When both affirmation and denial of a voluntary confession are in evidence, the issue of truth must be decided by the jury. In instructing the jury, the District Judge carefully guarded the rights of the defendants: "Before you can consider the confessions of the defendants, or any of them, you must find they were voluntarily made. You take into consideration the facts and circumstances before you on this subject, the way and manner by which said confessions and admissions were obtained, and if they were warned that what they said might be used against them. It is sufficient if a confession is voluntarily made after having been warned or advised, and made without the aid of counsel and made to officers while in custody; but if the confessions or admissions were not of a free and voluntary nature, then you will entirely disregard such confessions or admissions. In passing upon these questions you will consider the age and experience, the station in life and the physical condition of the defendants making such statements, whether they had friends or relatives or counsel present, whether the questioning was carried on in a reasonable manner or not, whether they were threatened, abused or forced to do acts against their will. If you conclude from the proof that the confessions or admissions were not the free and voluntary acts of the defendant, then you will disregard them and not consider them at all in your deliberations. It is for you to determine what credit you will give to the confessions in an effort to arrive at the truth in the case."
(2) Error is assigned to the action of the District Court in admitting the testimony of two Government witnesses, Jones and Larkin, whose names were omitted from the list of witnesses furnished defendants.
In the Logan case, the Supreme Court said: (144 U.S. op. 304, 12 S.Ct. op. 630, 36 L.Ed. 429) "The words of the existing statute are too plain to be misunderstood. * * * The list of witnesses required to be delivered to the defendant is not a list of the witnesses on whose testimony the indictment has been found, or whose names are indorsed on the indictment; but it is a list of the `witnesses to be produced on the trial for proving the indictment.' The provision is not directory only, but mandatory to the government; and its purpose is to inform the defendant of the testimony which he will have to meet, and to enable him to prepare his defense. Being enacted for his benefit, he may doubtless waive it, if he pleases; but he has a right to insist upon it, and if he seasonably does so the trial cannot lawfully proceed until the requirement has been complied with."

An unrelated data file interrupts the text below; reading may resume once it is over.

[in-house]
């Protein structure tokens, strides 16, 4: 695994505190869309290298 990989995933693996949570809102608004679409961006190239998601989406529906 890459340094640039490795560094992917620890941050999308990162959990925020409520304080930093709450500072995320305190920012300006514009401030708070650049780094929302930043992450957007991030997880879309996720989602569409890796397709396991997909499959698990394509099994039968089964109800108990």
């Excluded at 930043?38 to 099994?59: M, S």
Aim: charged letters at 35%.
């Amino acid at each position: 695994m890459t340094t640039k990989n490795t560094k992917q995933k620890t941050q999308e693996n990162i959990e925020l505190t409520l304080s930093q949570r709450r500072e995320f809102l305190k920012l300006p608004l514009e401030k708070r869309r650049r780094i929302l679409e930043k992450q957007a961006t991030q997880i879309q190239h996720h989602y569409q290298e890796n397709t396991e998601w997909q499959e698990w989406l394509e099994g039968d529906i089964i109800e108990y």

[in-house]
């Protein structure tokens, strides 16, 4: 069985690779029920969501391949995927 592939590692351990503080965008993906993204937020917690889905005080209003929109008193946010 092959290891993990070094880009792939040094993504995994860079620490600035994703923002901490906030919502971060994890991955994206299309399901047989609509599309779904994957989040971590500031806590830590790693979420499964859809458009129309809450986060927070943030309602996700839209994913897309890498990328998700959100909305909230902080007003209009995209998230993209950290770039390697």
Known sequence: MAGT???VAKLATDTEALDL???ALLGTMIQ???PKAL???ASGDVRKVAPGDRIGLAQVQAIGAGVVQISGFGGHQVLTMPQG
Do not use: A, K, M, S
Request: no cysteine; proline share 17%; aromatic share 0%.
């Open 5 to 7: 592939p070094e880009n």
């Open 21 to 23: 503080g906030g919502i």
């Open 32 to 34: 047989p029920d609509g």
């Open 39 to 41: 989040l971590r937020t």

It was observed, further (144 U.S. at page 307, 12 S.Ct. at page 631, 36 L.Ed. 429), that "the statute does not make a defendant's right to a list of the witnesses to be called against him depend upon the degree of the crime of which upon trial he is ultimately convicted, but upon the degree of the crime for which he is indicted."
It is important to observe that the Supreme Court found it unnecessary "to express a definitive opinion upon the question whether the omission to deliver the list of witnesses to the defendants would of itself require a reversal of their conviction and sentence for less than a capital offense, inasmuch as they are entitled to a new trial upon another ground." Appellants have presented no decision where a judgment of conviction has been reversed upon the basis of non-observance by the Government of the statute which they invoke. The dicta in the Logan case does not preclude the view that the failure of the trial court to require compliance with the mandatory statute was harmless error.
In our judgment, the error was, in fact, harmless. The testimony of the two witnesses whose names did not appear on the list was merely cumulative on material matters. Both had testified before the Commissioner at the preliminary hearing. Both had been sworn and had answered several questions before defendants' attorney challenged their right to testify. No element of unfair surprise has been shown and no prejudicial invasion of the rights of the defendants appear. The omission of the names of the two witnesses from a long list was obviously an unintentional, non-prejudicial error. Counsel for the defendants did not even suggest the entry of a mistrial order or request a continuance when their objection was overruled. Both in the trial court and here, the attorneys for the defense have stood frankly on the technical applicability of the statute.
Section 269 of the Judicial Code, as amended, provides: "All United States courts shall have power to grant new trials, in cases where there has been a trial by jury, for reasons for which new trials have usually been granted in the courts of law. On the hearing of any appeal, certiorari, writ of error, or motion for a new trial, in any case, civil or criminal, the court shall give judgment after an examination of the entire record before the court, without regard to technical errors, defects, or exceptions which do not affect the substantial rights of the parties." 28 U.S.C.A. § 391; R.S.Sec. 726; Mar. 3, 1911, c. 231, Sec. 269, 36 Stat. 1163; Feb. 26, 1919, c. 48, 40 Stat. 1181.